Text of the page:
Donal Cooper and Janet Robson
Yale University Press, $75, 296 pp.
From its dominant position on a ridge of the Apennine peak known as Mount Subasio, the Basilica of St. Francis in Assisi is as large and impressive as Francis himself was apparently small and unprepossessing. Graceful, majestic, gorgeously decorated by some of the greatest artists in medieval Italy, it may seem to contradict the devotion to poverty that drove Francis to create a new way of religious life for the Friars Minor, his “little brothers” in faith, and his female followers, the Poor Clares. And yet, as Donal Cooper and Janet Robson show in their fascinating study, The Making of Assisi, the basilica played its own crucial part in promoting Francis and his mission, conveying the “Little Poor Man’s” novel view of right living to a larger public through a brilliant interweaving of art, architecture, and liturgy.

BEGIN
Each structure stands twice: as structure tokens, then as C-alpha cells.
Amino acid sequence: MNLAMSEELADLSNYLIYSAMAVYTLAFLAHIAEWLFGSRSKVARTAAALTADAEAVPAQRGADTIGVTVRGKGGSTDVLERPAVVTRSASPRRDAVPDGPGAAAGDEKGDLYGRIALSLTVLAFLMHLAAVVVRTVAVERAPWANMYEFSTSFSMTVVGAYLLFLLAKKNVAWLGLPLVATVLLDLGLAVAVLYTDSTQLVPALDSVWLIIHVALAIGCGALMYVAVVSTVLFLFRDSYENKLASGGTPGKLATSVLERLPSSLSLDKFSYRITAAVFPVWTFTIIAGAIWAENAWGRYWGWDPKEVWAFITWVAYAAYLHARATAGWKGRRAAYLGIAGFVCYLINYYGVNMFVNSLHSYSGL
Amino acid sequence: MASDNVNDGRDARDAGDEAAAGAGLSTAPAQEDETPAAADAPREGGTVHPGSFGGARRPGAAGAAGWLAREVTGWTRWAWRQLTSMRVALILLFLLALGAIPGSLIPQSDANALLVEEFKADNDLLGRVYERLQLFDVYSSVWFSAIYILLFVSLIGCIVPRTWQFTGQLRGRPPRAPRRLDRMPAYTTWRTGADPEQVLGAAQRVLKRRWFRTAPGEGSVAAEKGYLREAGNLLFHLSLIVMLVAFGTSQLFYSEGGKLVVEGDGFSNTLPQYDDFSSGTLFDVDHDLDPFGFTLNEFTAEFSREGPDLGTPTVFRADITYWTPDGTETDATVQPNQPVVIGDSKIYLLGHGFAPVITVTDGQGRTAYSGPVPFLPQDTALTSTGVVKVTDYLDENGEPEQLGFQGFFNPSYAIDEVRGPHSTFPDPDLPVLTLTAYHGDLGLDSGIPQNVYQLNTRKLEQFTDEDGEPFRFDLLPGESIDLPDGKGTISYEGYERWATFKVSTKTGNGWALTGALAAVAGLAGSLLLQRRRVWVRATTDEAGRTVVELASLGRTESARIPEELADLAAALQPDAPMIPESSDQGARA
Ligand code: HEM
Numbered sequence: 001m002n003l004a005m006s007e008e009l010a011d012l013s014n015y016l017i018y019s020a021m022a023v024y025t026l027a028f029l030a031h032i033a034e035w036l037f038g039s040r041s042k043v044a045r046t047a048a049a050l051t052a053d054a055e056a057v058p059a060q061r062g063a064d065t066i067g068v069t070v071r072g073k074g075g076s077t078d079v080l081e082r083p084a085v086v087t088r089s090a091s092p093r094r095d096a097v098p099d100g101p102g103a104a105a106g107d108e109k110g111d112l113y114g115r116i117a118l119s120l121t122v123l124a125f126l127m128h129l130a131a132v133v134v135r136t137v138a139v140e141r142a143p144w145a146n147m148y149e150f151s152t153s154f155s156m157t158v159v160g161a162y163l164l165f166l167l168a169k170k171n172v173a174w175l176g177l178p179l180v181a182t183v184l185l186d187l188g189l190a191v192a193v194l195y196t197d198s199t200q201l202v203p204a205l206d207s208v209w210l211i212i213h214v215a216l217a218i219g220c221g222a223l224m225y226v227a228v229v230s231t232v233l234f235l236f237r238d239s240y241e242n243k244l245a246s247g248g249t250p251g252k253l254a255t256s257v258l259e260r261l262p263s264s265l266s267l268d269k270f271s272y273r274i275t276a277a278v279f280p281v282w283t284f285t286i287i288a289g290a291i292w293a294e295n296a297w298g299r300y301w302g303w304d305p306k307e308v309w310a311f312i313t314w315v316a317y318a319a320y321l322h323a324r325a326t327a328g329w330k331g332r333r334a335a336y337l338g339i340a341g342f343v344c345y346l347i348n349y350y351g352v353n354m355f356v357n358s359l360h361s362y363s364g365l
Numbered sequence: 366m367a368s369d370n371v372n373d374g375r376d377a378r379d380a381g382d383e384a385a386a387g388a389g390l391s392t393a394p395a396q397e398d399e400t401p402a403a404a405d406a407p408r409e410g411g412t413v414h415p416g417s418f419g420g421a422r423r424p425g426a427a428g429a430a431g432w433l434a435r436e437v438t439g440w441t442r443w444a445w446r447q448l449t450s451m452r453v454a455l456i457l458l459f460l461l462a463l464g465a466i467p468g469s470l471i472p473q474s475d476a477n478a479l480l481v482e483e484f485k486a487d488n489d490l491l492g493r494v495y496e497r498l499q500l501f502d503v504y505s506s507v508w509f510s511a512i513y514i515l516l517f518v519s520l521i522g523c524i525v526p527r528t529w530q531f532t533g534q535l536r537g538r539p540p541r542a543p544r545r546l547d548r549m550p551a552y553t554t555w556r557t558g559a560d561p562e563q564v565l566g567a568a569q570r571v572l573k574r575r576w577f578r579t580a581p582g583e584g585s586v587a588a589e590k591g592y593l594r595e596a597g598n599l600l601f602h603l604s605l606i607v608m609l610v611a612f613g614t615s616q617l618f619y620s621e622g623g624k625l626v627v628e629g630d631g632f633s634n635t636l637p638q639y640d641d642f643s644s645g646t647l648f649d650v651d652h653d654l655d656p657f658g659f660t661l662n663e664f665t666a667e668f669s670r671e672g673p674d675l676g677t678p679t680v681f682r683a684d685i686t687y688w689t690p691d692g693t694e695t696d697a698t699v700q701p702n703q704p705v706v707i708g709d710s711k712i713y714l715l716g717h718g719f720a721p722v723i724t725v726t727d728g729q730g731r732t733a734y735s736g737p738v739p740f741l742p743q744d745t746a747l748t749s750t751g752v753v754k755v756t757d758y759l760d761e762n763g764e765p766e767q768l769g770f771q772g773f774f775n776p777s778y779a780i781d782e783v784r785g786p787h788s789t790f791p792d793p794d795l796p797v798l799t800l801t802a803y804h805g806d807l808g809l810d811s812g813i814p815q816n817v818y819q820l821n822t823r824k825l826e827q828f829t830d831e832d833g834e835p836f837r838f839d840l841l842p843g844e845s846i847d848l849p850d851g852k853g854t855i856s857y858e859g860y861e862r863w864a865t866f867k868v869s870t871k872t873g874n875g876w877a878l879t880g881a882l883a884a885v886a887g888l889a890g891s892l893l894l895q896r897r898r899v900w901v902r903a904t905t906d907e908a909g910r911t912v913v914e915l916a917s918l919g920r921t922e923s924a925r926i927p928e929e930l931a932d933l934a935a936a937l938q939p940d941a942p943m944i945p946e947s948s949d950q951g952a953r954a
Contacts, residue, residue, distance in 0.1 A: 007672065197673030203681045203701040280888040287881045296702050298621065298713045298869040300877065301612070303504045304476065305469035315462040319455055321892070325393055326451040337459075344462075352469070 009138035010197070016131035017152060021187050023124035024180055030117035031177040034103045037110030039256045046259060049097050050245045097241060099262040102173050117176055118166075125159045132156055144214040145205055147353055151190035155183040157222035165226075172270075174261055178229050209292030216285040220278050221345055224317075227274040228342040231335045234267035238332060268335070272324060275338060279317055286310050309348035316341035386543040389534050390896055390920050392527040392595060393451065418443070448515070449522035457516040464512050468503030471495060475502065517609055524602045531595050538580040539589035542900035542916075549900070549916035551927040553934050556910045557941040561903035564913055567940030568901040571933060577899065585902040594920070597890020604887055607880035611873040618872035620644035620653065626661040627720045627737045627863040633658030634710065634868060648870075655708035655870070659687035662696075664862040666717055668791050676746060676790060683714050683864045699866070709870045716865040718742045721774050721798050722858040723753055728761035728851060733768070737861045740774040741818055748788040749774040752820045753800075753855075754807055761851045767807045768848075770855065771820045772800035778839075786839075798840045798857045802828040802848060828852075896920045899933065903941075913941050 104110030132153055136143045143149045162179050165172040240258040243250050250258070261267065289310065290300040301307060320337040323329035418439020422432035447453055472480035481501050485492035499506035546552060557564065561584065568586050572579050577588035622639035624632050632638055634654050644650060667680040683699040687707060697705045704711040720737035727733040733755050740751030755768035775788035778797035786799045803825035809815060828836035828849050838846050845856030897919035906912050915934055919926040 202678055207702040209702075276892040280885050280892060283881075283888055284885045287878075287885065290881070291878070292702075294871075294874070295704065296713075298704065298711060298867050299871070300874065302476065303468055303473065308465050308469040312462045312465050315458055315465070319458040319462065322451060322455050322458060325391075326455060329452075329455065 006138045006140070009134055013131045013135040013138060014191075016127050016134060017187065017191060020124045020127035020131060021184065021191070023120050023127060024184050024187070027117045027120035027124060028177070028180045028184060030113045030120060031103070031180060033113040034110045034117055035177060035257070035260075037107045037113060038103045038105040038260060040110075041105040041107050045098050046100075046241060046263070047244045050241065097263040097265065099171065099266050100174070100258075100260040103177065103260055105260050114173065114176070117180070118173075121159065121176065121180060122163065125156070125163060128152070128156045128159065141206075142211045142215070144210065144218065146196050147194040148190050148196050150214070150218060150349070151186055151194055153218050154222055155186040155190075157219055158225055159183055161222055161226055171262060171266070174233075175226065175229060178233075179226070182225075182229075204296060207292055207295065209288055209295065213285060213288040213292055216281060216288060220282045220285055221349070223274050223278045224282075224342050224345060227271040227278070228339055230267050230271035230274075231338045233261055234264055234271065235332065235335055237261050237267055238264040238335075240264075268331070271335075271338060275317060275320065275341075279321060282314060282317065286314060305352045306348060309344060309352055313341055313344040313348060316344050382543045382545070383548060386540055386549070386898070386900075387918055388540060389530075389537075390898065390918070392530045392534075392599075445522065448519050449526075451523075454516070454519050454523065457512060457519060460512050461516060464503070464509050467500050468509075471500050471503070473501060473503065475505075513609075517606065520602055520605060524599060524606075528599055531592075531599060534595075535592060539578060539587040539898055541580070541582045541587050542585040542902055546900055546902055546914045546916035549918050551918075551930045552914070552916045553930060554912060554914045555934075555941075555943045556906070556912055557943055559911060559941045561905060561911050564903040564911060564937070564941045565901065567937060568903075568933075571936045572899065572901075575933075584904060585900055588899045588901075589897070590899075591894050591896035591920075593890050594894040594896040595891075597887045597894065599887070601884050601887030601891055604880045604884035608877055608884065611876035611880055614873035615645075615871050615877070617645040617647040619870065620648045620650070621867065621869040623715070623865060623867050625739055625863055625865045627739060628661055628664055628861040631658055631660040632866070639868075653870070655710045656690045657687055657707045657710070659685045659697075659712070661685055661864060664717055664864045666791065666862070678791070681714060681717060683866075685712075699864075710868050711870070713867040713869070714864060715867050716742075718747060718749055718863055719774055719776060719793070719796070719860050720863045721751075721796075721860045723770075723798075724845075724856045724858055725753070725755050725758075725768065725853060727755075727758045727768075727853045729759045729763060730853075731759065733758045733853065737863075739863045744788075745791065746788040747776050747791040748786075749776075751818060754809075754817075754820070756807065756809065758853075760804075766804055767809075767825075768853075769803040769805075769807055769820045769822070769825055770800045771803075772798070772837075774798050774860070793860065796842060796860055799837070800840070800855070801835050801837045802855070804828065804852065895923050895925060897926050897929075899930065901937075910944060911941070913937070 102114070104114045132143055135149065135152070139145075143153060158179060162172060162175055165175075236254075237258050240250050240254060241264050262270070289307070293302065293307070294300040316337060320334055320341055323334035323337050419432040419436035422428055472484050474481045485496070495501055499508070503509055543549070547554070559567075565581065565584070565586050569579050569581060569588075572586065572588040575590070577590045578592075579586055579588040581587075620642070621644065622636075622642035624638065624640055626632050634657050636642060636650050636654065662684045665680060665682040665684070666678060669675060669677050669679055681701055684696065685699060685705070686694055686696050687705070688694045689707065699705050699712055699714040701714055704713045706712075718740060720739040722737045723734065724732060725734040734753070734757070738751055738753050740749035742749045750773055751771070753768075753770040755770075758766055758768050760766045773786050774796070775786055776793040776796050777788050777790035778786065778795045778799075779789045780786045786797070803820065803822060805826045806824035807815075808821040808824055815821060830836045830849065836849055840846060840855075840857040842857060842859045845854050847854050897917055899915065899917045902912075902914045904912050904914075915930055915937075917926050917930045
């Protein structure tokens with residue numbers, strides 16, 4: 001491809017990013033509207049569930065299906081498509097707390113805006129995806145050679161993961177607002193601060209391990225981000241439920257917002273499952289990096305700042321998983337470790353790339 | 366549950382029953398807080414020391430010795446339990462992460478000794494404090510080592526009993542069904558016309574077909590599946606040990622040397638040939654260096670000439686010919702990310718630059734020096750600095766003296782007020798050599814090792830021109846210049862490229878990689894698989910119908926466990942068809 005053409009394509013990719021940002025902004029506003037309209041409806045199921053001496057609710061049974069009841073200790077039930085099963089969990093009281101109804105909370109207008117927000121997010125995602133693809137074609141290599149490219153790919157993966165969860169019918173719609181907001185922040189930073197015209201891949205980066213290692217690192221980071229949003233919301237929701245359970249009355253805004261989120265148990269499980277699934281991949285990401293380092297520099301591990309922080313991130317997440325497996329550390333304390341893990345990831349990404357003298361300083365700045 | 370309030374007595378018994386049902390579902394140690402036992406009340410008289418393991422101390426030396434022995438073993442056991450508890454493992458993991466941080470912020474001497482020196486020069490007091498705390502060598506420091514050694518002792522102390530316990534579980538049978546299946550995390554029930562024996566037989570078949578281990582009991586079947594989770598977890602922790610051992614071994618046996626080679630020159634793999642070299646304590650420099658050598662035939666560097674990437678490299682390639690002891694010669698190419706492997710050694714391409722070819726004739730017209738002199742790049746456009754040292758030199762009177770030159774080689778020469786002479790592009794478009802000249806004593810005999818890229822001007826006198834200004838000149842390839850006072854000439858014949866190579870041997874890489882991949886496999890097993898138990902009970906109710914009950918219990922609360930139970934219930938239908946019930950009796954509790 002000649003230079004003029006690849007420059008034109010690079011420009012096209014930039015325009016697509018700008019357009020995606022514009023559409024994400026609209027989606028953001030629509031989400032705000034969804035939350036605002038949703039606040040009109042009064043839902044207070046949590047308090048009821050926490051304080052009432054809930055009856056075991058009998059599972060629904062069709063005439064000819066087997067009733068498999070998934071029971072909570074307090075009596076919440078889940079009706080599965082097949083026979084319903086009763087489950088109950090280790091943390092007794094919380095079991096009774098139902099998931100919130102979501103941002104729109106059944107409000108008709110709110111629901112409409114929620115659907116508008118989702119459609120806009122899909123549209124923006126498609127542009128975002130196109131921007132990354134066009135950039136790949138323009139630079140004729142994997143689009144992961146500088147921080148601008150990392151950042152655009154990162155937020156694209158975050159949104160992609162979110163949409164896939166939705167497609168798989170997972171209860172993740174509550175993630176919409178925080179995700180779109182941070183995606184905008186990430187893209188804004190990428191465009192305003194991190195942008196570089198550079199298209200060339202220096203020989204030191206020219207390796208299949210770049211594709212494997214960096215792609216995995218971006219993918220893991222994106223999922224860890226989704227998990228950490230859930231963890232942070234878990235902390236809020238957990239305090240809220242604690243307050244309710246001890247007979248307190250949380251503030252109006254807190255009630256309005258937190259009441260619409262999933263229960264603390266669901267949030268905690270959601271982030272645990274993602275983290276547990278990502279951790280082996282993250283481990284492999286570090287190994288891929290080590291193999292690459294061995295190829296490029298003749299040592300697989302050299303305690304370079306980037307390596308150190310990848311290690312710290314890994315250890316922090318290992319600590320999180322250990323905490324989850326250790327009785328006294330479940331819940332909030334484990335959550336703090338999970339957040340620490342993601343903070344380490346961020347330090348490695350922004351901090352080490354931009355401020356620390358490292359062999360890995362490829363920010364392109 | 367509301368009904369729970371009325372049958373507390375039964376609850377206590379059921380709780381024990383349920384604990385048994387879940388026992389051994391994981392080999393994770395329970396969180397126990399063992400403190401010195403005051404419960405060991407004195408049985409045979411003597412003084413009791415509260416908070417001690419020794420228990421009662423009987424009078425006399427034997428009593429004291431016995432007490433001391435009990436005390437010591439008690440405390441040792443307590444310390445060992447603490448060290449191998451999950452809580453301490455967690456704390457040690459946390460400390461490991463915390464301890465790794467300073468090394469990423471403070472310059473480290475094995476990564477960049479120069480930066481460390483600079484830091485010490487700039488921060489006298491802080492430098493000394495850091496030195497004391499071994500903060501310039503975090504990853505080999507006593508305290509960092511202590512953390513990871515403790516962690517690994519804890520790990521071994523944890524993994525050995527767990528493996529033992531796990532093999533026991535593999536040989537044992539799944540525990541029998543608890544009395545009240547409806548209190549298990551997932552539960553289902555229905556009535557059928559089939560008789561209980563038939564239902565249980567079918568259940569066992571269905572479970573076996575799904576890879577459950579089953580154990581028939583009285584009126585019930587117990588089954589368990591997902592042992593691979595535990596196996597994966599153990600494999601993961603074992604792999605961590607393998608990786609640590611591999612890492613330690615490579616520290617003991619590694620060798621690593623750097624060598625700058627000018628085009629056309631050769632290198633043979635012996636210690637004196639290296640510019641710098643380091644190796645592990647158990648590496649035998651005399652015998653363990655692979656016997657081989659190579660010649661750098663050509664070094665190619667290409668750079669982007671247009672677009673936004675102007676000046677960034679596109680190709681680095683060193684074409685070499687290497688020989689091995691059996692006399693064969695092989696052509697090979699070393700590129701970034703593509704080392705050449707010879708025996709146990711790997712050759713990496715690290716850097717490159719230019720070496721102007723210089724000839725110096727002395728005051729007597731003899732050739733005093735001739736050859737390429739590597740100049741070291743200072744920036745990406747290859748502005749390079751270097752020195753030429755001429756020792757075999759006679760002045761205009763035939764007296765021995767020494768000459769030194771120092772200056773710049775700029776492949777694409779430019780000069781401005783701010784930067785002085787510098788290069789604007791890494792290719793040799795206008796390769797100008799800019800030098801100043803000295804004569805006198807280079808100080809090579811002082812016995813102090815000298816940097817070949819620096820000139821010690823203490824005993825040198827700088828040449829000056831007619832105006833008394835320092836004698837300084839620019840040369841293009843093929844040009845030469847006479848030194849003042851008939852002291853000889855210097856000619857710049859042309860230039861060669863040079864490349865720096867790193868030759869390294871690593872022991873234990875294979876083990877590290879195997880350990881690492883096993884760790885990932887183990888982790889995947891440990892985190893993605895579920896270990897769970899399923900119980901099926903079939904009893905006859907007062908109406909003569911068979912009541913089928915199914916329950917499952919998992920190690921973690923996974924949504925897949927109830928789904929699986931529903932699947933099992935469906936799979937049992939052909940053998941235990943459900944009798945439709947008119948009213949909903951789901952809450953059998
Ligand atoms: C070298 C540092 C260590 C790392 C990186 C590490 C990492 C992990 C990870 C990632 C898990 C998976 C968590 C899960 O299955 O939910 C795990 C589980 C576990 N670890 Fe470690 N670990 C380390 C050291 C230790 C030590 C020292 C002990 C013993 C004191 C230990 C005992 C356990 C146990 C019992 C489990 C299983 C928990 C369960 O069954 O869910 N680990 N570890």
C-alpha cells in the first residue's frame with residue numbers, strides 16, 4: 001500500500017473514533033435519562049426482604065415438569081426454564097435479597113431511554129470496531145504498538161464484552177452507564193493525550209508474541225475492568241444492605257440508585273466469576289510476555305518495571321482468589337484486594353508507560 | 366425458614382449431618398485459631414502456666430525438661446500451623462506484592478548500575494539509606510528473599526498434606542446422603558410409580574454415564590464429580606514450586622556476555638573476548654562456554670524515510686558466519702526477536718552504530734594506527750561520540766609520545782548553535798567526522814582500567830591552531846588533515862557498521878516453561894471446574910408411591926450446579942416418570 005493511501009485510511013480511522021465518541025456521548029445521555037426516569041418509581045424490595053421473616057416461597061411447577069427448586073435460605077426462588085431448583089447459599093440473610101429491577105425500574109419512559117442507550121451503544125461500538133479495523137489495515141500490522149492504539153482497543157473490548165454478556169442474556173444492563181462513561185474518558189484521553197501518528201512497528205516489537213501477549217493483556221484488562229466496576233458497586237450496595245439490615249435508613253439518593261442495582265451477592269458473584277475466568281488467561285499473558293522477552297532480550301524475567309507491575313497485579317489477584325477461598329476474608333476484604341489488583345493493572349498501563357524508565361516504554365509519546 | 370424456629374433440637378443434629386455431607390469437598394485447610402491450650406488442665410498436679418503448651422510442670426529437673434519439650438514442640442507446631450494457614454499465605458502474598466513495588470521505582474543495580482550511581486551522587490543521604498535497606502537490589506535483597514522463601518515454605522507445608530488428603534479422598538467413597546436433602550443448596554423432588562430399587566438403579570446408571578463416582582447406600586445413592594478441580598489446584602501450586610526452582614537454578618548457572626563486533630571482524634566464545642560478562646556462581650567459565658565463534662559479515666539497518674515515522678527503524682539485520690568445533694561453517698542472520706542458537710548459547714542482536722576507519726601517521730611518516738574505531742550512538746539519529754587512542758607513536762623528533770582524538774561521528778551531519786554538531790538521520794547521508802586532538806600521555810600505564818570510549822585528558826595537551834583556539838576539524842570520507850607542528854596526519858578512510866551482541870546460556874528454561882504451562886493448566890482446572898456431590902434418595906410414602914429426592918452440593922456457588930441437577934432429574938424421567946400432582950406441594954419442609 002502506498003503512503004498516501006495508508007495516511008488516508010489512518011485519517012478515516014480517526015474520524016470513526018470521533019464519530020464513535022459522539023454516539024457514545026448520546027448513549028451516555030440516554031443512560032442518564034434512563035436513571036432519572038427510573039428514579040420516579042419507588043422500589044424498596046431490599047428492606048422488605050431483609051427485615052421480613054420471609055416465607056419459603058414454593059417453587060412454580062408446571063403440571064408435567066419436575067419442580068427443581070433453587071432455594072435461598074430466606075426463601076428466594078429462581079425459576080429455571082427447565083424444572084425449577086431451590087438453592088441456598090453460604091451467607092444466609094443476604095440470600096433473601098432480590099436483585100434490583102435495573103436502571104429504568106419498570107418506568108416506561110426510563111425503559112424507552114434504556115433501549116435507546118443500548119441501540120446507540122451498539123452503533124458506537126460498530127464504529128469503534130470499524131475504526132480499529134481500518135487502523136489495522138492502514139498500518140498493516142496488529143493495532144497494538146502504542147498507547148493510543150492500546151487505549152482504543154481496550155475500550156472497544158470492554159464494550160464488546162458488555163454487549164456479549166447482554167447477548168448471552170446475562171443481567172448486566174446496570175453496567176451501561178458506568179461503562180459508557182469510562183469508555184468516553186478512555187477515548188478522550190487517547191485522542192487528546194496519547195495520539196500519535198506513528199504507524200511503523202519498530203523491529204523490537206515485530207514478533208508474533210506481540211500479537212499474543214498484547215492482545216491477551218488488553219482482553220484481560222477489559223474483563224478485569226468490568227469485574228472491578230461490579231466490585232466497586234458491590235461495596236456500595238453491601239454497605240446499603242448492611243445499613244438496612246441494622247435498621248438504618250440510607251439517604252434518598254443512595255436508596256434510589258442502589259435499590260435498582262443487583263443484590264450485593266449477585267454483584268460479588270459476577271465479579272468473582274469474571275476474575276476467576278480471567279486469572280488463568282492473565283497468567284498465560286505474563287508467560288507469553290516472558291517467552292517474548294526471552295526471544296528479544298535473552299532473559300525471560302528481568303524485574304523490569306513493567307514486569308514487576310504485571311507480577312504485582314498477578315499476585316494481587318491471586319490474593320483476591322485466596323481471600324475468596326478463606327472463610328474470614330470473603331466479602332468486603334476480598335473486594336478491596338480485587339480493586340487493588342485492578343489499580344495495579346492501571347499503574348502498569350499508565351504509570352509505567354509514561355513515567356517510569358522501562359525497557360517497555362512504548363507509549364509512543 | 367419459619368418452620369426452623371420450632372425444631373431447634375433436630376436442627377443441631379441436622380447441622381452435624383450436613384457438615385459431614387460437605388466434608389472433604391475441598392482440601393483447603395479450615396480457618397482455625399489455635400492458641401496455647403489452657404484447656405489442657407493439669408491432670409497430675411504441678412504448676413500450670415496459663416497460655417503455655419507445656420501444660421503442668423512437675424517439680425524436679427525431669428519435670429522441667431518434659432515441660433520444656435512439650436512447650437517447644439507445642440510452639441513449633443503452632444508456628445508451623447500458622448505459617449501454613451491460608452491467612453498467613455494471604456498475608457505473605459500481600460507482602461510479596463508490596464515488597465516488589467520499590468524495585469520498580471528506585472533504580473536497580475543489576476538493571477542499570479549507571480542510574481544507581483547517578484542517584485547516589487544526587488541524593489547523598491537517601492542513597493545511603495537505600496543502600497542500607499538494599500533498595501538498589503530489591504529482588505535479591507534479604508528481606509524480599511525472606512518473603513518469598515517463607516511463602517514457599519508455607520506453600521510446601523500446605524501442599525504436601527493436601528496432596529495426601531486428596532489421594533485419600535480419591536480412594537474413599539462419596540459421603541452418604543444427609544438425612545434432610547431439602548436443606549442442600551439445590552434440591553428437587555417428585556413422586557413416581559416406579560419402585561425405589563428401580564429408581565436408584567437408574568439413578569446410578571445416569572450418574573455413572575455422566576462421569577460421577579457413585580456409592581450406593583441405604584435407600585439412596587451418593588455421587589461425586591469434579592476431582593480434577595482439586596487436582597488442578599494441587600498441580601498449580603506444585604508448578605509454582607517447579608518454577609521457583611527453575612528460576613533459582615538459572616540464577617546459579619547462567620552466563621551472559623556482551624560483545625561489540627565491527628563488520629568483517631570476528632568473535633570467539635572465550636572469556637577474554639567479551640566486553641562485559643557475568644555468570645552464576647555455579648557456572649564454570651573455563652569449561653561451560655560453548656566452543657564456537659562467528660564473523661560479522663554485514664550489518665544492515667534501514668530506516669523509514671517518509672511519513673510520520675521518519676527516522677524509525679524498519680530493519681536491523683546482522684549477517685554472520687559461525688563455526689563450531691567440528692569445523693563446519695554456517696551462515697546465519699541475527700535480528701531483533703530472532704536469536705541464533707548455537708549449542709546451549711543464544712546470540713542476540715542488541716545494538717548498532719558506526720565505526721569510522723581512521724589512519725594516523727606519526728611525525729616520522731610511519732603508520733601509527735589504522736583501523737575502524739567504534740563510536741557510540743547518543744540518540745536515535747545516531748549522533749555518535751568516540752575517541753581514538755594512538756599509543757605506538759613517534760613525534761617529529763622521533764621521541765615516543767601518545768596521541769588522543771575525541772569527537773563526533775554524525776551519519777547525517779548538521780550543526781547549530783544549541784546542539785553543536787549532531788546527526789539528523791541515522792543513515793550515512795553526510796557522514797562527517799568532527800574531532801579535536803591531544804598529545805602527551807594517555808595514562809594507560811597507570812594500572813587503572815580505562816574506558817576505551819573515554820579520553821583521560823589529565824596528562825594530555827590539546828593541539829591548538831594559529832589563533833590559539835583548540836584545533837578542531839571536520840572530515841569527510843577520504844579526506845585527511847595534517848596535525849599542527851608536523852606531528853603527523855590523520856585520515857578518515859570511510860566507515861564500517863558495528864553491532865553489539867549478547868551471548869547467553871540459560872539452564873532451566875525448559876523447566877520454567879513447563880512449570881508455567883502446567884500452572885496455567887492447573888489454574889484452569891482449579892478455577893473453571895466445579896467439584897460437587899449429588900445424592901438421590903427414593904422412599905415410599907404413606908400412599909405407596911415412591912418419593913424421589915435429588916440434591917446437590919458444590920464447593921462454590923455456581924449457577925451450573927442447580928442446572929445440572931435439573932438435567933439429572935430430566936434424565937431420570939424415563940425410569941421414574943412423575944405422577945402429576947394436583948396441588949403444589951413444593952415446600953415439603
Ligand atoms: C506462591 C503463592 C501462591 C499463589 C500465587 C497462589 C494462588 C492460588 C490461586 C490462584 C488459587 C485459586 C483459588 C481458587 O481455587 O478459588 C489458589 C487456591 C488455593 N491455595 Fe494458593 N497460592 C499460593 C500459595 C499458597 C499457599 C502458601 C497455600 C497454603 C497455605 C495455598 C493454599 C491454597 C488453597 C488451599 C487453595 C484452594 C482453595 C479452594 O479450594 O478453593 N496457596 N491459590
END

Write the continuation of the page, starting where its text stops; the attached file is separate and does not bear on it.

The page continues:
The basilica as we have it was the creation of the first Franciscan pope, Nicholas IV, elected in 1288. Francis himself had been a saint for exactly sixty years, canonized in an extraordinarily rapid procedure just two years after his death in 1226. Pope Nicholas, the former Girolamo Masci, was born in 1227, a child of the same rugged Apennine region as Francis, a region that felt the impact...